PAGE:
SHIFT's eLearning Blog

Our blog provides the best practices, tips, and inspiration for corporate training, instructional design, eLearning and mLearning.

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5 Character Archetypes You Can Use in Your eLearning Courses

Pretty much anyone can present information, but an honestly good eLearning course designer knows how to make that information stick with learners even when that audience isn’t interested. Because that’s the nature of an eLearning course: sometimes your audience is enthralled with the subject and sometimes they’re just being pushed to learn because of a job or class. It should be your goal to make content memorable no matter your audience’s interest level.   One of the best ways to do this is to incorporate engaging and unique characters in your courses. A learner might not remember every piece of content you present to them, but they will remember an aqua aardvark appropriately named ADDIE. While that might be too cartoonish or “out there” for many courses, I think you can see the point of how using a character gives your audience something to visualize and hold onto in the sea of new information they are being immersed in.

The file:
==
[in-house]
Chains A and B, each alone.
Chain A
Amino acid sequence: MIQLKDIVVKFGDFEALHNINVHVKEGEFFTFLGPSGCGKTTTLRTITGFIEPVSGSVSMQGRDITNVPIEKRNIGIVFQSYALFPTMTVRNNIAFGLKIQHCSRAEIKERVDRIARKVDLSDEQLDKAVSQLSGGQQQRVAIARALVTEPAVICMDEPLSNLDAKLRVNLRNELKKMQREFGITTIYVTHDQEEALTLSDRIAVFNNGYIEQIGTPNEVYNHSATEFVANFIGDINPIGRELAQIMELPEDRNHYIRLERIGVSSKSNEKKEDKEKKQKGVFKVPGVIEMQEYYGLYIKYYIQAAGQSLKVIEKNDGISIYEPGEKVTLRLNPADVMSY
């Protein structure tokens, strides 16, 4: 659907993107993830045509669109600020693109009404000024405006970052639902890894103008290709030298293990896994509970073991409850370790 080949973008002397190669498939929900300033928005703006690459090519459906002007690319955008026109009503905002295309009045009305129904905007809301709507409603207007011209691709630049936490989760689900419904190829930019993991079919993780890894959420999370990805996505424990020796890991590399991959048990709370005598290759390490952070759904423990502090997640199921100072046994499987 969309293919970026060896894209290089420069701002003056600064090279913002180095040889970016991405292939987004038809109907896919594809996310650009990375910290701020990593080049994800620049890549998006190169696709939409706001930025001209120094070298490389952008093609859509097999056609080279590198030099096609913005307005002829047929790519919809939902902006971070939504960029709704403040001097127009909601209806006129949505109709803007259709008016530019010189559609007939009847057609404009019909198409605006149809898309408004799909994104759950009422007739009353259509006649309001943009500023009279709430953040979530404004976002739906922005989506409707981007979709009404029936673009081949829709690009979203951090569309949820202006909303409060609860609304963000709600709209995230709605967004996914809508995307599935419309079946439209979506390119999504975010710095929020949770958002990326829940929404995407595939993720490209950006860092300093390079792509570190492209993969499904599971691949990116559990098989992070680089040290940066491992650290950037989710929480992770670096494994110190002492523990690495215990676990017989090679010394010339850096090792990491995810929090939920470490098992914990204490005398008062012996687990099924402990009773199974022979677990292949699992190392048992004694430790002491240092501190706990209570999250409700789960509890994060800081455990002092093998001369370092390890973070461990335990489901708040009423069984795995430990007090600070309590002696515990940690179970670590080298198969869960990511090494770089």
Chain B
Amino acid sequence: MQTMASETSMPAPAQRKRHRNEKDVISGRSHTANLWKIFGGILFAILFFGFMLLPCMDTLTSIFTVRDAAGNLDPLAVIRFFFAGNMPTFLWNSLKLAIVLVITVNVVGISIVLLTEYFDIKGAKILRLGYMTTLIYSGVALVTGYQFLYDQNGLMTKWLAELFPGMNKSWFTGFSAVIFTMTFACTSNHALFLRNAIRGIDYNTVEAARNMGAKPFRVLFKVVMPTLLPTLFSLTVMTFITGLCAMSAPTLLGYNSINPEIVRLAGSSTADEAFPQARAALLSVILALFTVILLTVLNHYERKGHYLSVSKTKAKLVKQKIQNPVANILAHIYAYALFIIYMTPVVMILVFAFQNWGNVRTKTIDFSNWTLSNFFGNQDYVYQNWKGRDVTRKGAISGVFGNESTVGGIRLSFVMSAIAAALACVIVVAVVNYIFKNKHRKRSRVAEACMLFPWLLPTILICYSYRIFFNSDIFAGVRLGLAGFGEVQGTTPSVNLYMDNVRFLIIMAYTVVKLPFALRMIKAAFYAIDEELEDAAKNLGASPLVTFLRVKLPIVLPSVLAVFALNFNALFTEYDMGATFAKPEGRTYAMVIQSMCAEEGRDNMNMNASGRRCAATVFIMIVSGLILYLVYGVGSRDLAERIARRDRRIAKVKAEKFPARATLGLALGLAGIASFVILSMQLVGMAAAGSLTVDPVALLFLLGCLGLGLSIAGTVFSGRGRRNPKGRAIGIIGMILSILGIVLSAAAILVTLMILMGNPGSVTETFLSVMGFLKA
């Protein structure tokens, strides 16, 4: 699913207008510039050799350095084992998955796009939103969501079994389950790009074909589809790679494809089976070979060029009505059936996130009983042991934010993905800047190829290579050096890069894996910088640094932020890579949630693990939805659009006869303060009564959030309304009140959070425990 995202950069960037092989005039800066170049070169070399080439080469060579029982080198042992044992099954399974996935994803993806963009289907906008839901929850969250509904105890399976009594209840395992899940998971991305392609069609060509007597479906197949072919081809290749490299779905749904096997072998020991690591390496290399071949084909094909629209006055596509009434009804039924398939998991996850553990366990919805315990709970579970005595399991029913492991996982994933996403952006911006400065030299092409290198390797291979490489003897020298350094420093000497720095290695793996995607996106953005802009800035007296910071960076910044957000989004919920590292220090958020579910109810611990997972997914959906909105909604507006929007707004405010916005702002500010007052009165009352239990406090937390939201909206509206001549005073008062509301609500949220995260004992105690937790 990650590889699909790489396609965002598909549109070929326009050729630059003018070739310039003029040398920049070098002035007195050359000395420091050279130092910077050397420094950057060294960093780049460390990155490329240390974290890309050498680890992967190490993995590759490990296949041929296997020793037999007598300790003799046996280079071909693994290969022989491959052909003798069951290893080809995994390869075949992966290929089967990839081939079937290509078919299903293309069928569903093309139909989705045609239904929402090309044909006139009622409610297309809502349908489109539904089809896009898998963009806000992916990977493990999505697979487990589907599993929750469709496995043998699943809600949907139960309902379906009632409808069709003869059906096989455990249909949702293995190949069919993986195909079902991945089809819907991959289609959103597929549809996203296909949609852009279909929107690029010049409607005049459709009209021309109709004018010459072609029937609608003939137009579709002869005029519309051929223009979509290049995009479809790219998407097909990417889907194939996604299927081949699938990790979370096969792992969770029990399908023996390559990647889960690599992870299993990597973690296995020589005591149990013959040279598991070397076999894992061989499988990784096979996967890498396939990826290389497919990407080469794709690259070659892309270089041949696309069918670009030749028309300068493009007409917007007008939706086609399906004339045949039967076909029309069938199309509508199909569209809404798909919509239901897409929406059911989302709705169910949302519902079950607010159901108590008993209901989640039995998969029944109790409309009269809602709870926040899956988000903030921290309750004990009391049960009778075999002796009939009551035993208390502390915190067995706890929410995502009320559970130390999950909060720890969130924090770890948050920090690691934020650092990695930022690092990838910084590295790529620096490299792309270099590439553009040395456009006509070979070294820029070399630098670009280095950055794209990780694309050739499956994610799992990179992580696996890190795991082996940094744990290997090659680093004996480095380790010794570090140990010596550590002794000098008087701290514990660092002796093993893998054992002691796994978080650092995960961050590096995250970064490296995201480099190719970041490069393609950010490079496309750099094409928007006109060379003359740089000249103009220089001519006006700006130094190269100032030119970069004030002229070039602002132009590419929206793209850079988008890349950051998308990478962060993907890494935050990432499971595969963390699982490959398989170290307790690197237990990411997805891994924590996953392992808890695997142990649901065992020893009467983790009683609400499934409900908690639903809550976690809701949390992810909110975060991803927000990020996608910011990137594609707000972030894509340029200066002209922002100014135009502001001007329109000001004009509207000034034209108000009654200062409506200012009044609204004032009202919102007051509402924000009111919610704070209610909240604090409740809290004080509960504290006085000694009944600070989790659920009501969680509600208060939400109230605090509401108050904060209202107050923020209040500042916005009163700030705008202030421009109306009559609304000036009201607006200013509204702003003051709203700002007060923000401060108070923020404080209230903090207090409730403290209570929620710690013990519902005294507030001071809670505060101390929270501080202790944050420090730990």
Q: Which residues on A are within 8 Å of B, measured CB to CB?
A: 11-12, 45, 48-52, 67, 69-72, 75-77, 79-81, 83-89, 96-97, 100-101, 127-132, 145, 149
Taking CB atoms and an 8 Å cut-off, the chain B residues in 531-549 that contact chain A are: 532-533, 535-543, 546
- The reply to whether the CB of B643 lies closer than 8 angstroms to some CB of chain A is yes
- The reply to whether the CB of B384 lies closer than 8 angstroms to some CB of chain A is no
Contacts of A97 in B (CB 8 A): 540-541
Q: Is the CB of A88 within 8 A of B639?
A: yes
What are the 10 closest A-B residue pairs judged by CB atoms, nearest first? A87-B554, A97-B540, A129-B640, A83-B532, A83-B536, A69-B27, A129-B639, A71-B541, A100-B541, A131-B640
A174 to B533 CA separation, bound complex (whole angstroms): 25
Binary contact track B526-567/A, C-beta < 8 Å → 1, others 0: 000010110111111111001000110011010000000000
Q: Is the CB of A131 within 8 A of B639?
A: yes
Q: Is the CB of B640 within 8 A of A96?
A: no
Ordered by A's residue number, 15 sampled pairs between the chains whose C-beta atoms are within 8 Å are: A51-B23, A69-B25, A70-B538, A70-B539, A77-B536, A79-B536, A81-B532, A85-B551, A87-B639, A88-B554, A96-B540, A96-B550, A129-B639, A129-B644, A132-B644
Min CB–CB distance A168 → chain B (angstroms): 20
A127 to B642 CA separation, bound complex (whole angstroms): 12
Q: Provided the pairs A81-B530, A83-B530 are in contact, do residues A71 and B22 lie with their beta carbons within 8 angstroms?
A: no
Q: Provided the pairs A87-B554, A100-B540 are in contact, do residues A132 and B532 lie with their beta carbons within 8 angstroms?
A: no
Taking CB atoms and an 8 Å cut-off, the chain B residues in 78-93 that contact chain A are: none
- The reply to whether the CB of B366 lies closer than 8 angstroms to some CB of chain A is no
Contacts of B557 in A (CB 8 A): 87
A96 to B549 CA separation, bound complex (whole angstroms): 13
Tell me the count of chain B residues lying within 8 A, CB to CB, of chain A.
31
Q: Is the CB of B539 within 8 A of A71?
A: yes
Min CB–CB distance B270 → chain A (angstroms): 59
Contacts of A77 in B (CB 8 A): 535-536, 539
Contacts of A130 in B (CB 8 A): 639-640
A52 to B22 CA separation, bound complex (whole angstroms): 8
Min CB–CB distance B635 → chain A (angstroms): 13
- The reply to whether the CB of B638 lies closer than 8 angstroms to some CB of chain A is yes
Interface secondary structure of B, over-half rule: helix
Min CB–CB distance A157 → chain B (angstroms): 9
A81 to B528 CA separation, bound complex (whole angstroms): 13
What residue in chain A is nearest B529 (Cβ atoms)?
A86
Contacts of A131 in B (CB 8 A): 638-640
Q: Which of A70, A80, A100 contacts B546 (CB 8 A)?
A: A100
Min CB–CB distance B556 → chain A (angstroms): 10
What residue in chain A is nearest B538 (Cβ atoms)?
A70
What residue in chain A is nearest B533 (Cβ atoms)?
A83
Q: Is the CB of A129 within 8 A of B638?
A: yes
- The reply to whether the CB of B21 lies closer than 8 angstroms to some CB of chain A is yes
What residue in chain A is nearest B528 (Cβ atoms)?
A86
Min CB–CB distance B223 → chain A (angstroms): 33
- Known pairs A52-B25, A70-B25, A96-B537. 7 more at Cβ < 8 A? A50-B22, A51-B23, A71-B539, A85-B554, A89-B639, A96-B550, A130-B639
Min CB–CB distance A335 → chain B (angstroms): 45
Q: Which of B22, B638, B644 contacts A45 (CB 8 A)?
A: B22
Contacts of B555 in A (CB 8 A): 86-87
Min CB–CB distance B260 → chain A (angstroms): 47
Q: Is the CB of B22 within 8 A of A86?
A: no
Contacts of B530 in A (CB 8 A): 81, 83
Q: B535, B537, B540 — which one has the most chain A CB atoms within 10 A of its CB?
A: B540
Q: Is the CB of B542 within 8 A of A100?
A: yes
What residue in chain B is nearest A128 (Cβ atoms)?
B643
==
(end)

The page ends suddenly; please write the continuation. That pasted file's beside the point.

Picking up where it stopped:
Keep eLearning Real: 4 Basic Story Types to Link Learning to the Real-World

Everybody loves a good story, even your (seemingly) staid and somber corporate learners. That's because, a child lurks inside all of us; he loves to peek into other people's lives and go with them on their journeys. Unconsciously, he tries to identify himself with the good guy in the story—the one who overcomes all challenges, bashes the baddies, and emerges as the hero in the end. Stories are captivating. The actions of the protagonist, who we can relate to, inspire us to think or act similarly. This is why, stories have been used throughout the ages to teach morals and values to children. You can also use stories to teach your corporate learners technical and soft skills that will help them further their careers. There are four basic type of stories. You have to know about them before you can choose a format that best fits the drab learning matter and tell a story that your learners will lap up.

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